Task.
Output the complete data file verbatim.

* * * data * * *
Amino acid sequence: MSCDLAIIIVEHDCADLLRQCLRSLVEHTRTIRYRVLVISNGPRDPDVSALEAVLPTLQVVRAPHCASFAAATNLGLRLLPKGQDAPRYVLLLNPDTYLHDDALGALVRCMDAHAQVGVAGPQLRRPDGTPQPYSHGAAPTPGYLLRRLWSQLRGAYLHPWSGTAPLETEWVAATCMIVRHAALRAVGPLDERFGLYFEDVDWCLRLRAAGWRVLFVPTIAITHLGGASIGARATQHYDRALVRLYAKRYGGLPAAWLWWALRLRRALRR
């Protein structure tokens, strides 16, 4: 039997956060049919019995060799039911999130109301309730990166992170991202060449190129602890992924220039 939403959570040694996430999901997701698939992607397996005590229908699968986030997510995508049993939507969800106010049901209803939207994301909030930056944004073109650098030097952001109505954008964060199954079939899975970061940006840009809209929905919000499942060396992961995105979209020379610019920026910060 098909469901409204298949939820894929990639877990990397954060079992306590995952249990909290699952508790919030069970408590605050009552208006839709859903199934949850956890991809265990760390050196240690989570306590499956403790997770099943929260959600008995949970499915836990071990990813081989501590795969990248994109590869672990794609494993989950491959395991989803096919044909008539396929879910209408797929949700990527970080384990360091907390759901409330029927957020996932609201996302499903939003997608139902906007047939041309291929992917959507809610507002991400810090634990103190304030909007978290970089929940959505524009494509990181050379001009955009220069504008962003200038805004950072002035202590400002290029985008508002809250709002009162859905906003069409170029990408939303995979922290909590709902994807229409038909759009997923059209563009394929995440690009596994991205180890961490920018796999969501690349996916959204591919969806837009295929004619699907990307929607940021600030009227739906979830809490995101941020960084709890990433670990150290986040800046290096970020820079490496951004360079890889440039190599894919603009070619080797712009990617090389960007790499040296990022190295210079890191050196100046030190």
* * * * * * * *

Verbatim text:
Amino acid sequence: MSCDLAIIIVEHDCADLLRQCLRSLVEHTRTIRYRVLVISNGPRDPDVSALEAVLPTLQVVRAPHCASFAAATNLGLRLLPKGQDAPRYVLLLNPDTYLHDDALGALVRCMDAHAQVGVAGPQLRRPDGTPQPYSHGAAPTPGYLLRRLWSQLRGAYLHPWSGTAPLETEWVAATCMIVRHAALRAVGPLDERFGLYFEDVDWCLRLRAAGWRVLFVPTIAITHLGGASIGARATQHYDRALVRLYAKRYGGLPAAWLWWALRLRRALRR
């Protein structure tokens, strides 16, 4: 039997956060049919019995060799039911999130109301309730990166992170991202060449190129602890992924220039 939403959570040694996430999901997701698939992607397996005590229908699968986030997510995508049993939507969800106010049901209803939207994301909030930056944004073109650098030097952001109505954008964060199954079939899975970061940006840009809209929905919000499942060396992961995105979209020379610019920026910060 098909469901409204298949939820894929990639877990990397954060079992306590995952249990909290699952508790919030069970408590605050009552208006839709859903199934949850956890991809265990760390050196240690989570306590499956403790997770099943929260959600008995949970499915836990071990990813081989501590795969990248994109590869672990794609494993989950491959395991989803096919044909008539396929879910209408797929949700990527970080384990360091907390759901409330029927957020996932609201996302499903939003997608139902906007047939041309291929992917959507809610507002991400810090634990103190304030909007978290970089929940959505524009494509990181050379001009955009220069504008962003200038805004950072002035202590400002290029985008508002809250709002009162859905906003069409170029990408939303995979922290909590709902994807229409038909759009997923059209563009394929995440690009596994991205180890961490920018796999969501690349996916959204591919969806837009295929004619699907990307929607940021600030009227739906979830809490995101941020960084709890990433670990150290986040800046290096970020820079490496951004360079890889440039190599894919603009070619080797712009990617090389960007790499040296990022190295210079890191050196100046030190």